Q&A: Should I Start a Business on the Side?

Question: I am currently employed full-time but am considering a secondary source of income by starting my own business on the side. Is this a viable idea?

Answer: Starting and managing a side business requires a considerable amount of effort and resources – perhaps more than you think! A great deal of time, effort and resources need to be invested in order if your side business is not to end up in the red – permanently. (Read More Here!)

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Q&A: How Should I Deal with Being Demoted/Reassigned?

Question: I have been demoted at work and am in the midst of re-evaluating my status in the office. Does my demotion suggest that my boss deems me unworthy and is subtly nudging me to leave?

Answer: One thing’s certain – if your boss wanted to give you the boot, he/she would have. For your part, learning about your demotion must have been harsh – even humiliating – but before you go about bashing yourself up and turning in that resignation slip, here are some things you should consider (and to keep your motivation from falling into a slump). (Read More Here!)

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3 Lines You Shouldn’t Cross as an Employer

As a boss, managing your employees well involves juggling the right amount of motivation and discipline in a professional manner. In fact, horror stories about unreasonable bosses are ubiquitous – the Hollywood satire blockbuster (and aptly-titled) Horrible Bosses details the antics of three downtrodden employees who’ve decided that they have had enough abuse and subsequently team up to knock off each other’s bosses. Even without the threat of violent death, being an unprofessional employer has its pitfalls. Regardless of how disinterested and lacklustre an employee may be, threats, insults and other verbal smackdowns have a tendency to backfire and do more harm than good – and may even lead to a report of abusive behaviour against you. With that in mind, there are just some lines in the sand that should never be crossed as an employer. (Read More Here!)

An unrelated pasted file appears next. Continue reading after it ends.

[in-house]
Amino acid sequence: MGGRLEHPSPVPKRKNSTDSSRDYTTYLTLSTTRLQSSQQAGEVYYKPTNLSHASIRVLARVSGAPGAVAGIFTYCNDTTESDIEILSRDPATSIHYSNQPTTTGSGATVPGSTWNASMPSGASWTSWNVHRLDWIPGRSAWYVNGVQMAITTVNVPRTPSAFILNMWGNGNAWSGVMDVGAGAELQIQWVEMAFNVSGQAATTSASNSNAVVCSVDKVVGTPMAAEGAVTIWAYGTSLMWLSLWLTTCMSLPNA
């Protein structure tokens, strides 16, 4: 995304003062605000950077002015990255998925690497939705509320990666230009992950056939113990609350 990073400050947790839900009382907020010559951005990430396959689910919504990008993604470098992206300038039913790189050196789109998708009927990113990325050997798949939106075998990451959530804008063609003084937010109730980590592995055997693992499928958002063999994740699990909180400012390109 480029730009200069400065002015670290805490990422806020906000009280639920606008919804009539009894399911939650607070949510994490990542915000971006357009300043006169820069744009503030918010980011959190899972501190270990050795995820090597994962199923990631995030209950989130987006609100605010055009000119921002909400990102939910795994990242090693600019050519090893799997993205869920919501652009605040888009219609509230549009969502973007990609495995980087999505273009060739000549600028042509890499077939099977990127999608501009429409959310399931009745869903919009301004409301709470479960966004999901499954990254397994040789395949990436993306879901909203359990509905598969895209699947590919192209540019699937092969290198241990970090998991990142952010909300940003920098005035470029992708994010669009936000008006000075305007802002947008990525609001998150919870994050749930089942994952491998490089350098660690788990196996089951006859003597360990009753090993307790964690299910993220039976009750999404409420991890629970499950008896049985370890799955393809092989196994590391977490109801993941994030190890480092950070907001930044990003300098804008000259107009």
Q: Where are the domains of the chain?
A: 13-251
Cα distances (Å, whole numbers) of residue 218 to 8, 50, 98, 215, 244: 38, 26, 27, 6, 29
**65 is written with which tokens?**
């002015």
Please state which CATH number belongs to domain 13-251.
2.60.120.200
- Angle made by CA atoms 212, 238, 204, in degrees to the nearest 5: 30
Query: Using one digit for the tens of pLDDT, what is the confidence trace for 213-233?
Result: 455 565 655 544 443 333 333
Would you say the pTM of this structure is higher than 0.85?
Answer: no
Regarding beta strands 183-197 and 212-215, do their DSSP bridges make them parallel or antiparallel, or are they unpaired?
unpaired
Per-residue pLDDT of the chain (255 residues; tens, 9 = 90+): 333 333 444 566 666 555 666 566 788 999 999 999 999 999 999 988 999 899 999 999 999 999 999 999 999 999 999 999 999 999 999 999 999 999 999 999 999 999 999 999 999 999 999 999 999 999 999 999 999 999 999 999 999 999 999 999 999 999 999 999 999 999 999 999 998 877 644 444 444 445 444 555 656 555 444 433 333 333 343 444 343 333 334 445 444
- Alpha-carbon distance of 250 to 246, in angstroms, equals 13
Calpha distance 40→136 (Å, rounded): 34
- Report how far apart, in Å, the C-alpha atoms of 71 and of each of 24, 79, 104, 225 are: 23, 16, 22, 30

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Setbacks are the Biggest Boost to Workplace Aptitude

By: Gerald Goh

It’s an oft-quoted cliché that you cannot truly succeed in life unless you have experienced first-hand the bitterness of personal or professional failure - or even both.

But like all clichés, this idiomatic saying is not entirely without merit. A colleague recently wondered aloud: is it true that the majority of hardworking employees are actually only those who have experienced some sort of significant setback in life? (Read More Here!)

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Poll Results: What is your greatest motivation in pursuing an MBA?

A Masters in Business Administration (or MBA) is an accredited post-graduate degree programme which imparts students with the knowledge and skills of business operations.

Admissions into most MBA programmes are often based on academic credentials, work experiences and performance in an admittance test. On top of the arduous admittance process, going through the programme itself requires a good amount of commitment and conviction. Despite this, MBA programmes continue to observe a growing popularity in Singapore.

What are the motivations behind enrolling for an MBA programme? According to a new short poll by JobsCentral, conducted between 18th July and 28th August 2012, most Singapore workers are driven to pursue an MBA with the intention of getting a salary increment upon completion.

Kickstart yourself at work

The work is sheer boredom. The pay is relatively low. And you are trapped in a maze, with little prospect of advancement. What more could you want in your job?

How about being out of a job, for a change?

You can wake up as late as you want and turn over and go to sleep. But other than being idle, there are few activities you can do. You can’t shop and buy anything you fancy. You can’t book a cruise to Phuket when you want a change of scenery. You can’t gorge yourself at a buffet spread in a 5-star hotel.

If you haven’t discovered yet – the nice, enjoyable things in life cost money, money that you can only get from working in a job.

If you’re out of National Service and into your first job, motivate yourself by thinking of older folks who are jobless and dying to get a job, any job.

Workers who feel depressed most of the work days, brighten up during pay day. It’s motivating, they will tell you, when you queue at the ATM to wait your turn to draw out a few sheets of crisp, blue $50 notes.

The question is: how do you avoid being depressed and stressed at your workplace before the next pay day? Employers don’t like depressed and bored workers – they’re bad for morale and they infect others so that productivity goes down and the company’s revenue suffers.

Career counsellors agree that stress goes together with depression. Reduce the stress level and you will feel lighter, brighter and more cheerful about work.

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